This site is intended for health professionals only

GPs to refer patients for weight loss with semaglutide following NICE approval

GPs to refer patients for weight loss with semaglutide following NICE approval

GPs will soon be able to refer patients for weight-loss treatment with semaglutide, which NICE says can help people to reduce their weight by over 10 per cent. 

NICE has today recommended the drug for use as part of a patient’s treatment in an NHS specialist weight management service and with the support of a multi-disciplinary team. 

The drug, marketed as Wegovy, should be prescribed to adults who have at least one weight-related comorbidity and a BMI of at least 35kg/m2, alongside a reduced-calorie diet and increased physical activity. 

Multi-disciplinary teams will be able to prescribe the drug when the NHS implements the recommendations in NICE’s guidance, published today, which must be done within three months of its commercial availability.

Semaglutide, manufactured by Novo Nordisk, is administered by a weekly injection with pre-filled pens, and it suppresses appetite by mimicking the hormone glucagon-like peptide-1 (GLP-1), which is released after eating. 

Helen Knight, director of medicines evaluation at NICE, said: ‘For some people losing weight is a real challenge which is why a medicine like semaglutide is a welcome option. 

‘It won’t be available to everyone. Our committee has made specific recommendations to ensure it remains value for money for the taxpayer, and it can only be used for a maximum of two years.’ 

Professor Nick Finer, honorary clinical professor at the National Centre for Cardiovascular Prevention and Outcomes at UCL, said the drug’s efficacy is a ‘true game changer’ for treating obesity, but criticised the two-year limitation on usage.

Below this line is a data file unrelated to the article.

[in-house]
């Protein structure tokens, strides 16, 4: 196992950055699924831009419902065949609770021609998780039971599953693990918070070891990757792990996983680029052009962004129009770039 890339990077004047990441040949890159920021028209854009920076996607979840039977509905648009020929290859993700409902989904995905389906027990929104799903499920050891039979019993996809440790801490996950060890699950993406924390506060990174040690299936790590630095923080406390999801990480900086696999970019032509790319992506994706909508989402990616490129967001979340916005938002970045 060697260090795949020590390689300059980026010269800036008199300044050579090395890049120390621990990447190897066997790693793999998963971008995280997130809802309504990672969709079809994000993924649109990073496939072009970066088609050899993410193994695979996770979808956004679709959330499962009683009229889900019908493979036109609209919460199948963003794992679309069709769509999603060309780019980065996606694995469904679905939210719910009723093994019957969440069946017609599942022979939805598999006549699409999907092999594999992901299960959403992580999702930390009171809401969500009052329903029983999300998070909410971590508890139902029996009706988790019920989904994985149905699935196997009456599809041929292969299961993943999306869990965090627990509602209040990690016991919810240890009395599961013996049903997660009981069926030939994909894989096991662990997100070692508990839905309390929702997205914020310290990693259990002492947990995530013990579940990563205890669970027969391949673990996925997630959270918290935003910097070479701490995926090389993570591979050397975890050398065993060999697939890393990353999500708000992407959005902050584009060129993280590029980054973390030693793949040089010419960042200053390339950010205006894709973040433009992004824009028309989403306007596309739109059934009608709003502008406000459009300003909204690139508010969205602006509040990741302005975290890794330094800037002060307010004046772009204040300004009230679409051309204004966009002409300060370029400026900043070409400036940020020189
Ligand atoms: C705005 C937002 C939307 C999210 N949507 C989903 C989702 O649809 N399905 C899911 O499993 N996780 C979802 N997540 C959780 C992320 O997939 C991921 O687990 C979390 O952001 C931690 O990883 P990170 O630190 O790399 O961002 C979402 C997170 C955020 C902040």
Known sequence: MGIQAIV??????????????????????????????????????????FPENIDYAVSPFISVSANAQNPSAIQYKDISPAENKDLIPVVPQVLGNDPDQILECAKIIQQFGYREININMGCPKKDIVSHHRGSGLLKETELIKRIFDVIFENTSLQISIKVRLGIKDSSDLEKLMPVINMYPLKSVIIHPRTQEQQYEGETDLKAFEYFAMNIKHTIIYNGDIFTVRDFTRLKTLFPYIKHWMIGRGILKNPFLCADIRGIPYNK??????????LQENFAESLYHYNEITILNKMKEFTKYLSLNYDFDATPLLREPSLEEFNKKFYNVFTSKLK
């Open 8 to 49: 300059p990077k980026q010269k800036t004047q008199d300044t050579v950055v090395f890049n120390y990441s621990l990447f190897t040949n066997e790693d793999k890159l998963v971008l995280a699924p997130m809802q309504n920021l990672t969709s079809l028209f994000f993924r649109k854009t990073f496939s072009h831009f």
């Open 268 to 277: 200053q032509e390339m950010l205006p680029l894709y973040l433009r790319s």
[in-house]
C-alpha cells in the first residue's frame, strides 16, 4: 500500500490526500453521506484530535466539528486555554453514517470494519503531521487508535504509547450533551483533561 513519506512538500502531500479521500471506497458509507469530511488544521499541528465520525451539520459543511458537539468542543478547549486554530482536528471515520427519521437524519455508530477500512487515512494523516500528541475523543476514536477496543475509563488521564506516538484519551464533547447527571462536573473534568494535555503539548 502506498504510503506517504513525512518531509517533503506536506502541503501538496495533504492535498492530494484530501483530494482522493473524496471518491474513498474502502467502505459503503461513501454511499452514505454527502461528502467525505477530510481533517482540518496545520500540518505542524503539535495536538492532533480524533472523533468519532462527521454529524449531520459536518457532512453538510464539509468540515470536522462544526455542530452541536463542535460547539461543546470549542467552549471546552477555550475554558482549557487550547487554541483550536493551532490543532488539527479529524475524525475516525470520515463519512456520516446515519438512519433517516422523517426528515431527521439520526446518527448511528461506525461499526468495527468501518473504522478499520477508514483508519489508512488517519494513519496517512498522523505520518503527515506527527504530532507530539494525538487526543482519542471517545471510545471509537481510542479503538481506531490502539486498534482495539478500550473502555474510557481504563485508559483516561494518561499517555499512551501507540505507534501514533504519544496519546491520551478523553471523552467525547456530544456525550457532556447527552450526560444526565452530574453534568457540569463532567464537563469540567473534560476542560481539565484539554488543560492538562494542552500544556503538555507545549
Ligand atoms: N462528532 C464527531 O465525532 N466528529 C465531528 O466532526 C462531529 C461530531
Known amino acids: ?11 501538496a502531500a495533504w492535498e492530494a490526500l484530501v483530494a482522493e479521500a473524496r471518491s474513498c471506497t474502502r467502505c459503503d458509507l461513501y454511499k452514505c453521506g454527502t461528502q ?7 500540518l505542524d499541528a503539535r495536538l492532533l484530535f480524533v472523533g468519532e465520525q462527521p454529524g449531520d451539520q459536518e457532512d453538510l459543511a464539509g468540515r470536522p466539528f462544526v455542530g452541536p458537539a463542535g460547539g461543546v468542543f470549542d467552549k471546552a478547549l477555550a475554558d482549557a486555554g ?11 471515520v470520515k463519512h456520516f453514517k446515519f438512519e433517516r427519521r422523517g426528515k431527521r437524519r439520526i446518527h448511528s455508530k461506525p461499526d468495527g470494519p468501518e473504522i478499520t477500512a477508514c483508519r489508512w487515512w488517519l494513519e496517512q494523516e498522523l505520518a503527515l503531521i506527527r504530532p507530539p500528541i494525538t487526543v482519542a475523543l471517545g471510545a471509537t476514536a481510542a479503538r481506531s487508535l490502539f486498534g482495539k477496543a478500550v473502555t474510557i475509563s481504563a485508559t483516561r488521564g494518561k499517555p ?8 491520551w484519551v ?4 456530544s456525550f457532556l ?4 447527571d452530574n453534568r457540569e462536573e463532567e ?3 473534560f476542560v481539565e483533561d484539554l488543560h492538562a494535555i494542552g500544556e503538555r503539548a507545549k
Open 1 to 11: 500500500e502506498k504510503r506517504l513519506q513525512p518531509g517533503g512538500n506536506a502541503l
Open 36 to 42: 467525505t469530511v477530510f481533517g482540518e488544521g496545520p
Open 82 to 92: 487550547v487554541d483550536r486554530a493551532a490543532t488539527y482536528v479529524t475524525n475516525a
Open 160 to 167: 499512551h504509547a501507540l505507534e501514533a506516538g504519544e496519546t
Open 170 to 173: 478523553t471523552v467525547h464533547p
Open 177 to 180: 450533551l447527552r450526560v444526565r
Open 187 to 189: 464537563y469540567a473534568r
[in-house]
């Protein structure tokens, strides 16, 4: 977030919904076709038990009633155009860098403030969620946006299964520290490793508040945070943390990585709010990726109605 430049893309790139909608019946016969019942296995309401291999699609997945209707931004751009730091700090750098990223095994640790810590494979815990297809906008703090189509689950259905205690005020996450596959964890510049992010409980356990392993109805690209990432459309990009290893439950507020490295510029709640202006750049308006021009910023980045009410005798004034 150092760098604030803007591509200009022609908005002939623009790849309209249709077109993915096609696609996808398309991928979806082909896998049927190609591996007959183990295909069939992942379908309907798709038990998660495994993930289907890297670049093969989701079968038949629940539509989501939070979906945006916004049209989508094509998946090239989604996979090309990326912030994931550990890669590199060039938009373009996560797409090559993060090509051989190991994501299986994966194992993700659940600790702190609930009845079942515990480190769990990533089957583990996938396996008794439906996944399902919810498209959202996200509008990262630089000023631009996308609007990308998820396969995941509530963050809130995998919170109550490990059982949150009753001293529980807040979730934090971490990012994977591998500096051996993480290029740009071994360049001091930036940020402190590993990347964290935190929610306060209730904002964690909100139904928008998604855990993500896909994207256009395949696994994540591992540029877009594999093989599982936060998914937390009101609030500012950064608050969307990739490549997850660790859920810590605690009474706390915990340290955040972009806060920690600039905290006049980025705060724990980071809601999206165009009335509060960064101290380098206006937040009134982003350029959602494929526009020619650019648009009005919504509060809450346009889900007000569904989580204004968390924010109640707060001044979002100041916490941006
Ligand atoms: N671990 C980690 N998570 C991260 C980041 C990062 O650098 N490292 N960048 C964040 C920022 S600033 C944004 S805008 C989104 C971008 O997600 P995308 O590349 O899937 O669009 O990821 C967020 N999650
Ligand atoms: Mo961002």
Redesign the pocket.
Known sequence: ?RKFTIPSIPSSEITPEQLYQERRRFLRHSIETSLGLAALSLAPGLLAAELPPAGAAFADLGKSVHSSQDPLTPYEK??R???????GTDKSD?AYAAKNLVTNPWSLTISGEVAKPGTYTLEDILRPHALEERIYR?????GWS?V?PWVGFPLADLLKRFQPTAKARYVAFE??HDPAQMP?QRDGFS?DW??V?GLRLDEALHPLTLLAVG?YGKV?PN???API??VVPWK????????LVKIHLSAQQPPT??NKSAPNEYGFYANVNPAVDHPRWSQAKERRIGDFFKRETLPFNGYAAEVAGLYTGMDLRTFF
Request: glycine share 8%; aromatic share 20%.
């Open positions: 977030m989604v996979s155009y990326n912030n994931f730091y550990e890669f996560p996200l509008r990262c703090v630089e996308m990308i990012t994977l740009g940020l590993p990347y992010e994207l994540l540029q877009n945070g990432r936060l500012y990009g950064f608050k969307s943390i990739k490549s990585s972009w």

He said: ‘The limitation of two years’ treatment is, of course, completely illogical since obesity is a chronic disease and is not cured by this treatment. 

‘In common with other diseases, such as hypertension and diabetes, withdrawal of a drug that is working means the benefits are likely to be lost (as has been shown in several trials by partial weight regain after semaglutide withdrawal).’

Professor Alex Miras, professor of endocrinology at Ulster University, also highlighted this issue, and identified the lack of available services as another potential limiting factor.

He said: ‘There are not enough services to offer the medication and the ones that exist are under resourced. This could lead to worsening of health inequalities across the country. 

‘It is therefore vital that the appropriate investment in such services becomes available, otherwise the guidance may end up becoming irrelevant to daily care.’

Around 28% of adults in England are obese and a further 36% are overweight, according to the 2019 Health Survey for England, and the Government has estimated obesity in the UK costs the NHS £6.1bn. 

The professionals involved in the multi-disciplinary team are experts in coaching people on lifestyle interventions for weight loss, and they will also monitor semaglutide’s potential side-effects, which can include nausea, diarrhoea, constipation and vomiting

NICE has given examples of weight-related comorbidities, including dysglycaemia, hypertension, dyslipidaemia, obstructive sleep apnoea or cardiovascular disease. 

A randomised double-blind clinical trial showed that participants taking semaglutide lost on average 12% more of their body weight compared with placebo. 

The drug could also be prescribed to people with a BMI of between 30-34.9kg/m2 with one weight-related comorbidity if they are eligible for referral to a specialist weight management service.

The drug was initially recommended by NICE’s independent committee in June 2022, however publication of the final guidance was pushed to today as the product had not yet been scheduled to launch in England.